Asked about the importance of identity in his works, he said that identity is about “the way people approach the border. Clearly defined in relation to a marsh.

New York-based Kim, who lived in Hawaii for the project, researching and documenting materials, said of the work, “It’s about reconfiguring what was once the frontier.

His residency in Hawaii also produces material related to the history, culture, and struggles of Hawaii’s Indigenous peoples, as he conducts extensive research on the island and immigration history. And they are superimposed in the current long-term project.

“It delves into the story and offers a sensory interpretation,” said art director Kim. “His works are very unique in that he turns things into art that cannot be put into words.”

Kim Sung-hwan poses next to his video installation work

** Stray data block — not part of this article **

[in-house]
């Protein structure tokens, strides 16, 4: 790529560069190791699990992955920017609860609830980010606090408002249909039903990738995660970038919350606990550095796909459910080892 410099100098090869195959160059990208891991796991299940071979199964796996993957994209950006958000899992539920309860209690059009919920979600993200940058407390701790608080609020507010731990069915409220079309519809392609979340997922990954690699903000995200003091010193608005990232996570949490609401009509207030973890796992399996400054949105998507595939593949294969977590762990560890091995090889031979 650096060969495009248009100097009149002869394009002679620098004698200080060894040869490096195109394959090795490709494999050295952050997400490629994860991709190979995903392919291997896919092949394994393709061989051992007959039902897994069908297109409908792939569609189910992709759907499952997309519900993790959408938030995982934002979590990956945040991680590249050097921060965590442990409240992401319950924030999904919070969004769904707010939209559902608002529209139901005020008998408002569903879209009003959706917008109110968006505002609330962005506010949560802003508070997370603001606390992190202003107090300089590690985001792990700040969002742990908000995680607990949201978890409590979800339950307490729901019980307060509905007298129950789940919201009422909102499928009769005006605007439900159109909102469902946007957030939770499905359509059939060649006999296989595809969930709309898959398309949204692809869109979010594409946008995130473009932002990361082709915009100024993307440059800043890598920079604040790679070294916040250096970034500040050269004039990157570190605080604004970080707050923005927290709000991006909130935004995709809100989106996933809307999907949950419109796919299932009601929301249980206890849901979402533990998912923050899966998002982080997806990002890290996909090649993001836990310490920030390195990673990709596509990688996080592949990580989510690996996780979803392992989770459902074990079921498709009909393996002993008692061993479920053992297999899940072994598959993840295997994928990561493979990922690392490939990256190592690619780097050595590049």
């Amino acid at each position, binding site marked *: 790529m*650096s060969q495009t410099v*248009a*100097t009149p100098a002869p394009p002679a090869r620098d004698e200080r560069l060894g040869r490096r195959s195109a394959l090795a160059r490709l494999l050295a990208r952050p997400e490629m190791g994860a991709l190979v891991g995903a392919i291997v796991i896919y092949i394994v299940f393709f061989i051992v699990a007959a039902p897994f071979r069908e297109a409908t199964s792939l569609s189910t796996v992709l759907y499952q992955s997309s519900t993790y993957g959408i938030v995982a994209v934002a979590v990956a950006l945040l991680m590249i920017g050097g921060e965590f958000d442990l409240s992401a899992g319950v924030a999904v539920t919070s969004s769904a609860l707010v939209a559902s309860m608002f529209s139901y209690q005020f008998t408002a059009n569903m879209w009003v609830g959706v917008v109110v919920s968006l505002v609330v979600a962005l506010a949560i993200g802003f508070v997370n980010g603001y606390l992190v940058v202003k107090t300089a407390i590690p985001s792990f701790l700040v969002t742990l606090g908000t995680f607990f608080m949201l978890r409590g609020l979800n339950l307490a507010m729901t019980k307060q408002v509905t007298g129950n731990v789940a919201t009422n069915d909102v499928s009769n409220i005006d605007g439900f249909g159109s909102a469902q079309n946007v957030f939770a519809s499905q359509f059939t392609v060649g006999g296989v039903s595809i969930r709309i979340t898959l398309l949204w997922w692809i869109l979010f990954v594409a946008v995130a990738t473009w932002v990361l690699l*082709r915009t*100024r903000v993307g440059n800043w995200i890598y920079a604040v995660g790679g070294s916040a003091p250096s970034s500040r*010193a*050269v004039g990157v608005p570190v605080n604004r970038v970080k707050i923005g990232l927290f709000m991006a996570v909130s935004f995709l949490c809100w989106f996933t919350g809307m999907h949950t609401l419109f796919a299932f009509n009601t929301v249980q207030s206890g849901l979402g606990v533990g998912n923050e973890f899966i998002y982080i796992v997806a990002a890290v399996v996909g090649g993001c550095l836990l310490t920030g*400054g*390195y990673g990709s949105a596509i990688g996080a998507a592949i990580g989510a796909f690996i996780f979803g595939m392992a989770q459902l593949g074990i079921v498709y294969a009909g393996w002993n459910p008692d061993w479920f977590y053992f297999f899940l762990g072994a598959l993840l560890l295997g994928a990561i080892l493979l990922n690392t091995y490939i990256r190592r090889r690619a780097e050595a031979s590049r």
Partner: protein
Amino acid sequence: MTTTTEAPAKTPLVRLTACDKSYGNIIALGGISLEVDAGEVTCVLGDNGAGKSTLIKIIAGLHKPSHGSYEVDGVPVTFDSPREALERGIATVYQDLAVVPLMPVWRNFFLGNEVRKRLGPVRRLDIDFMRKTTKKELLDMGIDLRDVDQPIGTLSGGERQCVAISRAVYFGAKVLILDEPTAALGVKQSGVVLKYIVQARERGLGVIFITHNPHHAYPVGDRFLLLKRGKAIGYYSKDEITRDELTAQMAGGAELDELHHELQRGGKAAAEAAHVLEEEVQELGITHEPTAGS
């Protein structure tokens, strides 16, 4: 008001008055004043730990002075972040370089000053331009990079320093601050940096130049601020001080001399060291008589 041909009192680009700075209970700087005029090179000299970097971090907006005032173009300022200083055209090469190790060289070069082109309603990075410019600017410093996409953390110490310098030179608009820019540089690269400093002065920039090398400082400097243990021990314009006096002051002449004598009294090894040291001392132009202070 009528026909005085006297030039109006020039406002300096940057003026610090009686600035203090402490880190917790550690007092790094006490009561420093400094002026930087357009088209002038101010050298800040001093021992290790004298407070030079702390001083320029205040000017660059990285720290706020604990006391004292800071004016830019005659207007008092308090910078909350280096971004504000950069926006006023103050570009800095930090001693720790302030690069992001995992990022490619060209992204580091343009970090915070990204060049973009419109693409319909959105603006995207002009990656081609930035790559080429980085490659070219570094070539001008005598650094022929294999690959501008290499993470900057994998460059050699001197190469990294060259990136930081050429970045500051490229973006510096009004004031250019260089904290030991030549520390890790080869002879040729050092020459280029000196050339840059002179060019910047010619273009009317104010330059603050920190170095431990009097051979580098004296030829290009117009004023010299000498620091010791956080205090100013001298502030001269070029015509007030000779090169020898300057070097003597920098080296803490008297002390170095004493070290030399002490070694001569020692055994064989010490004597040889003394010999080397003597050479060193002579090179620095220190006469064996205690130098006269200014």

Kim Sung-hwan poses next to his video installation “Washing Brain and Corn” at Barakat Contemporary in Samcheong-dong, Seoul on August 22. (Park Hae-mook/The Korea Herald)

Kim, who studied architecture at Seoul National University for a year, graduated from Williams College in the United States, where he majored in mathematics and art, and received a master of science in studies. visuals at MIT.

A recipient of the 2021 John Simon Guggenheim Memorial Foundation Fellowship, Kim has exhibited work at major art institutions around the world, including the solo exhibition ‘Sung Hwan Kim’s Temper Clay’ at the Museum of Modern Art in New York in 2021, “The Tanks Commission: Sung Hwan Kim” at Tanks at Tate Modern in London in 2012 and “Line Wall” at Kunsthalle Basel in Basel, Switzerland in 2011.

By Kim Hoo-ran ([email protected])

Christopher S. Washington